Trauma and Your Body’s Natural Expression of Health

Your body has an innate vitality and naturally seeks health. Health is a process of dynamic equilibrium of interconnections involving your musculoskeletal, nervous, immune, vascular, lymphatic and internal organ systems, providing an overall sense of well being.

A trauma to your body’s state of health may occur when you encounter a stress of any form:

  • an illness, such as a respiratory infection;
  • exacerbation of an underlying illness, as can happen with asthma, where diaphragmatic or rib restrictions further impede your breathing ability, or diabetes, when your gastrointestinal, vascular and lymphatic systems are disrupted
  • physical trauma, any kind of physical injury including sexual violence and assault
  • motor vehicle accident, sports or exercise related injuries
  • emotional and psychological trauma, especially for people of color, women and the LGBTQ community who continue to encounter discrimination and oppression, whether overt or subtle

Any trauma can result in musculoskeletal discomfort/pain (such as headache, shoulder, back or knee pain), visceral pain (such as a stomach ache or abdominal pain), or general/vague symptoms such as fatigue, dis-connection to self and/or others, or feelings of being in a fog.

Your body’s natural healing ability enables you to make adjustments on its own to resolve traumas; however, your body may have a difficult time healing from a significant single or repeated traumas.

Traumas can be lodged into the very fabric of your body; you can carry the traumas for a long time and later experience physical discomfort/pain, triggers or general/vague symptoms. Most of us intuitively understand that this occurs when the traumas are physical in nature, but less commonly acknowledged is that this occurs when the traumas are psychological and emotional. For example, sometimes emotional pain may manifest as chest, back and/or abdominal pain or throat tightness. An example that illustrates how long our bodies can hold trauma is birth trauma: for some infants the trauma is very visible, such as misshapen heads or torticollis, where a contracted neck muscles prevent the infant from using the full range of motion in the neck, even into adulthood; for other infants the birth trauma is not visible, and the effects of the trauma is carried into adulthood in less obvious but still significant ways. Physical, psychological and emotional traumas of childhood often go over-looked by ourselves and the adults in our lives. Unresolved childhood traumas can lead to deeply held or repressed anger, fear, hate, sorrow and shame; over time this can decrease our resilience to stress into adulthood.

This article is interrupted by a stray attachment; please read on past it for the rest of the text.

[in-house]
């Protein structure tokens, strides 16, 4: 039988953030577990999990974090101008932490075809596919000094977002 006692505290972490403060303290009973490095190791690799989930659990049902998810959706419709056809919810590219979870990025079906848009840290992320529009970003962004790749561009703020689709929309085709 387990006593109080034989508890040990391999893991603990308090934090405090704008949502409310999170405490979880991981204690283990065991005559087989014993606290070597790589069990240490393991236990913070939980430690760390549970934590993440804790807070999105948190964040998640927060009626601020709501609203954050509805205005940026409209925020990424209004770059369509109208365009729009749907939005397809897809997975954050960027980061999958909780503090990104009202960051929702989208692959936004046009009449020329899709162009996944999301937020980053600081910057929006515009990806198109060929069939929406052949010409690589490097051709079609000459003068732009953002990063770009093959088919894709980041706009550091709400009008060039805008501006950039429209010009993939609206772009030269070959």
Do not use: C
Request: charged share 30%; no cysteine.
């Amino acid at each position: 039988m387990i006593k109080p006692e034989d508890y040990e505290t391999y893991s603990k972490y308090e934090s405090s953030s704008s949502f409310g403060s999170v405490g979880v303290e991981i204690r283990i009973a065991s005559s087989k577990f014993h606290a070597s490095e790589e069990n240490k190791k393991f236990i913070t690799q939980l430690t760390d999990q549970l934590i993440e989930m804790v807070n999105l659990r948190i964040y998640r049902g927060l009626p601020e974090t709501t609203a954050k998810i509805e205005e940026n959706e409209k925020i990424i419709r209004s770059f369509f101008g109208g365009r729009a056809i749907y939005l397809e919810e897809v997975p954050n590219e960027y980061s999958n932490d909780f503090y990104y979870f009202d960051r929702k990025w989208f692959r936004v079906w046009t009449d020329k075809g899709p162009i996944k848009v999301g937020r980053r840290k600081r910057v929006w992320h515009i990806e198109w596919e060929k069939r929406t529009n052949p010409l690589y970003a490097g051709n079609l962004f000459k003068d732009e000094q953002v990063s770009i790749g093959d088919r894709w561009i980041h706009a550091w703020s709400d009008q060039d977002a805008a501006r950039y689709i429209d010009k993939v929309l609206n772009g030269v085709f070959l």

Because your body is resilient, you may grow accustomed to the compensatory mechanisms your body adopts in order to function and express health as best as it can under the new conditions; for example through postural habits or more reliance on different muscles to accomplish the same tasks. For this reason, it may be difficult to pinpoint the original trauma itself, particularly when you experience multiple symptoms or areas of discomfort that appear unrelated.

Osteopathy and Reiki can assist with understanding connections within your body; that you may no longer need these same compensatory mechanisms; and establish a new dynamic equilibrium toward health and well being.